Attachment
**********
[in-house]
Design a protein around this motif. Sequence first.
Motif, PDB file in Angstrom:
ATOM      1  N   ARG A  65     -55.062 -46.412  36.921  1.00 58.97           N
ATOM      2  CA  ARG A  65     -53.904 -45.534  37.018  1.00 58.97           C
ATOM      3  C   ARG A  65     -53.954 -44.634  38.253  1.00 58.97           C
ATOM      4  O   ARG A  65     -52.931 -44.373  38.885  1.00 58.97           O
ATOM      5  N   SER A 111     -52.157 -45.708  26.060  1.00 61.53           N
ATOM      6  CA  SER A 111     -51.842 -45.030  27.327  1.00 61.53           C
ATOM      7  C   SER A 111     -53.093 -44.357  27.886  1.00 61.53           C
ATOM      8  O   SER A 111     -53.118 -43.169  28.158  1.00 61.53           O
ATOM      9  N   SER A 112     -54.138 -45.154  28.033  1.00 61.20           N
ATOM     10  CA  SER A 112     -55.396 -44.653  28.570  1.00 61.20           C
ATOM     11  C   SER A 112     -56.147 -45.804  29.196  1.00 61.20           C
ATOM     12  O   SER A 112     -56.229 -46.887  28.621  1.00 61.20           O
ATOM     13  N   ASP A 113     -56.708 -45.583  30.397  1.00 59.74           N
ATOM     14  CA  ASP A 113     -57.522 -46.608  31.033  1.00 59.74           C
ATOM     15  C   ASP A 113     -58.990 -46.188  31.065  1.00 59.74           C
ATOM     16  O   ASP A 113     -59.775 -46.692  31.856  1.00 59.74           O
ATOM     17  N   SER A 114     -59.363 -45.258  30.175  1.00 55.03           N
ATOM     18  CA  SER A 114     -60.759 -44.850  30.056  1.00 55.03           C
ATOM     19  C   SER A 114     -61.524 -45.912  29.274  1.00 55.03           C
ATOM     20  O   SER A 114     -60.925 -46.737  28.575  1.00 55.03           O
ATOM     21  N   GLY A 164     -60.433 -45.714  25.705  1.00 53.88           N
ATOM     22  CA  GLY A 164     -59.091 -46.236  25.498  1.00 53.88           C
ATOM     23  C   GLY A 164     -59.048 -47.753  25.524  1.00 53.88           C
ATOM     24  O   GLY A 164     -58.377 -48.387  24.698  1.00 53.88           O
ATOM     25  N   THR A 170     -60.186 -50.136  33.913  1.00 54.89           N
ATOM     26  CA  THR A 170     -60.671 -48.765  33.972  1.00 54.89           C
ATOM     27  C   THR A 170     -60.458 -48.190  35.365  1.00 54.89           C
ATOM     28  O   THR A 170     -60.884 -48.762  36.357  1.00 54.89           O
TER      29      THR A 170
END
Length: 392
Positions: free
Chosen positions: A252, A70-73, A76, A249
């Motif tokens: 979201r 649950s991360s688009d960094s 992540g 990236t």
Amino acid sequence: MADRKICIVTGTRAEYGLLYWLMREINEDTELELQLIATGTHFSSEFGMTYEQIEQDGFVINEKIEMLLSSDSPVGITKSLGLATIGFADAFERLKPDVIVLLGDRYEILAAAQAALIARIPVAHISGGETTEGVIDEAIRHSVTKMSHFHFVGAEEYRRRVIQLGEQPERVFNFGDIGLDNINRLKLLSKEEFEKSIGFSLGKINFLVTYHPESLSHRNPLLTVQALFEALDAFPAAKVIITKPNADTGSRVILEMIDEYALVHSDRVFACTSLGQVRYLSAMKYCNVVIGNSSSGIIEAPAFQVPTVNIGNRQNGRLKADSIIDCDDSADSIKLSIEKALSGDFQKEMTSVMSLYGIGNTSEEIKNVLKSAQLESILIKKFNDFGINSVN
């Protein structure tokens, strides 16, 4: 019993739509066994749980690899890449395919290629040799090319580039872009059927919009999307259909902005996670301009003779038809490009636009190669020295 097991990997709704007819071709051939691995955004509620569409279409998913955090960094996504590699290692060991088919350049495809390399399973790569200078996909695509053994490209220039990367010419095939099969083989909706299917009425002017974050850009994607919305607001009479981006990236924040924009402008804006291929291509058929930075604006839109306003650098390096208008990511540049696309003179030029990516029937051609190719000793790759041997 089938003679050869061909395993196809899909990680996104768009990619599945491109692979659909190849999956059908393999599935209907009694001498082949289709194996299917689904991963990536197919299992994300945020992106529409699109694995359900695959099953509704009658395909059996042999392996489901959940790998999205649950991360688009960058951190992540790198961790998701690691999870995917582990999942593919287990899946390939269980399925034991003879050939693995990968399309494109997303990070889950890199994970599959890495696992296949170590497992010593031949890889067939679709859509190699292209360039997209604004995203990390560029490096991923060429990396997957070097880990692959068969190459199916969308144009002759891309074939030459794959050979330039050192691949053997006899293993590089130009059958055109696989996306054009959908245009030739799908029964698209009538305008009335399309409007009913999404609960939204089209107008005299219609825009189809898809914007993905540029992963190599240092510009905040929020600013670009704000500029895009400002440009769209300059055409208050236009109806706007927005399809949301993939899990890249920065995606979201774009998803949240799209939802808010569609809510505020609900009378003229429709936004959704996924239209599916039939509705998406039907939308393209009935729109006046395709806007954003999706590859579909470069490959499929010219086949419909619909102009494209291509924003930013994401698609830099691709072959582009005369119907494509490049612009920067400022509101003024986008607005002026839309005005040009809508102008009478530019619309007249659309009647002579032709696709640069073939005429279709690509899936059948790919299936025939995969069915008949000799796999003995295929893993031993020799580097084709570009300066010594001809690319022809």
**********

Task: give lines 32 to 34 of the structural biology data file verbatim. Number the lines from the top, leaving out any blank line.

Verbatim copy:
TER      29      THR A 170
END
Length: 392